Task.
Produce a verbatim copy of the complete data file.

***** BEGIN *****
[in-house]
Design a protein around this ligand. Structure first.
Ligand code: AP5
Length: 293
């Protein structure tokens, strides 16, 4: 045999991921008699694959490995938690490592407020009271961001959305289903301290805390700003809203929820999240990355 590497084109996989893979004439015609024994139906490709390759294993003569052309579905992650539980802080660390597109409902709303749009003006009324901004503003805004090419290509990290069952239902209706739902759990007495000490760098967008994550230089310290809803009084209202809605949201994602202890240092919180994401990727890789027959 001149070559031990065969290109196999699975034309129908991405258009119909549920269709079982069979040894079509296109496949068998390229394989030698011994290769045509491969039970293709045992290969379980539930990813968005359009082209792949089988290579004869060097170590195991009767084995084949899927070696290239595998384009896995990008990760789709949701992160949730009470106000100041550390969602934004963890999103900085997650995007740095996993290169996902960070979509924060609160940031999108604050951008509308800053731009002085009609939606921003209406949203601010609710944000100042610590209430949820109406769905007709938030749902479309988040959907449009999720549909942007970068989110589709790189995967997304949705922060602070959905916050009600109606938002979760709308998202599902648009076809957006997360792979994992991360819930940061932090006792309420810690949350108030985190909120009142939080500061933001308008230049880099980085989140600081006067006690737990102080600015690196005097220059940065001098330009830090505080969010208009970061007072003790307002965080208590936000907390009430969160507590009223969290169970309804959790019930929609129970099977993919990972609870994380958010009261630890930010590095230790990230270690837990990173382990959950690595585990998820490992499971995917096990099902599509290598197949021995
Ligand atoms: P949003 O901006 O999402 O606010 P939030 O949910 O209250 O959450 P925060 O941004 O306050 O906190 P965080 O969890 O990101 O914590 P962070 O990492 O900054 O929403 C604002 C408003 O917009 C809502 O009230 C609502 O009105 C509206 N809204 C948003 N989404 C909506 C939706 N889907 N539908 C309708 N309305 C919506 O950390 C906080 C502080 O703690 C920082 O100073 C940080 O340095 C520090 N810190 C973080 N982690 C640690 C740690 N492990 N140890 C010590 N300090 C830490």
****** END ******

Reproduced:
[in-house]
Design a protein around this ligand. Structure first.
Ligand code: AP5
Length: 293
């Protein structure tokens, strides 16, 4: 045999991921008699694959490995938690490592407020009271961001959305289903301290805390700003809203929820999240990355 590497084109996989893979004439015609024994139906490709390759294993003569052309579905992650539980802080660390597109409902709303749009003006009324901004503003805004090419290509990290069952239902209706739902759990007495000490760098967008994550230089310290809803009084209202809605949201994602202890240092919180994401990727890789027959 001149070559031990065969290109196999699975034309129908991405258009119909549920269709079982069979040894079509296109496949068998390229394989030698011994290769045509491969039970293709045992290969379980539930990813968005359009082209792949089988290579004869060097170590195991009767084995084949899927070696290239595998384009896995990008990760789709949701992160949730009470106000100041550390969602934004963890999103900085997650995007740095996993290169996902960070979509924060609160940031999108604050951008509308800053731009002085009609939606921003209406949203601010609710944000100042610590209430949820109406769905007709938030749902479309988040959907449009999720549909942007970068989110589709790189995967997304949705922060602070959905916050009600109606938002979760709308998202599902648009076809957006997360792979994992991360819930940061932090006792309420810690949350108030985190909120009142939080500061933001308008230049880099980085989140600081006067006690737990102080600015690196005097220059940065001098330009830090505080969010208009970061007072003790307002965080208590936000907390009430969160507590009223969290169970309804959790019930929609129970099977993919990972609870994380958010009261630890930010590095230790990230270690837990990173382990959950690595585990998820490992499971995917096990099902599509290598197949021995
Ligand atoms: P949003 O901006 O999402 O606010 P939030 O949910 O209250 O959450 P925060 O941004 O306050 O906190 P965080 O969890 O990101 O914590 P962070 O990492 O900054 O929403 C604002 C408003 O917009 C809502 O009230 C609502 O009105 C509206 N809204 C948003 N989404 C909506 C939706 N889907 N539908 C309708 N309305 C919506 O950390 C906080 C502080 O703690 C920082 O100073 C940080 O340095 C520090 N810190 C973080 N982690 C640690 C740690 N492990 N140890 C010590 N300090 C830490």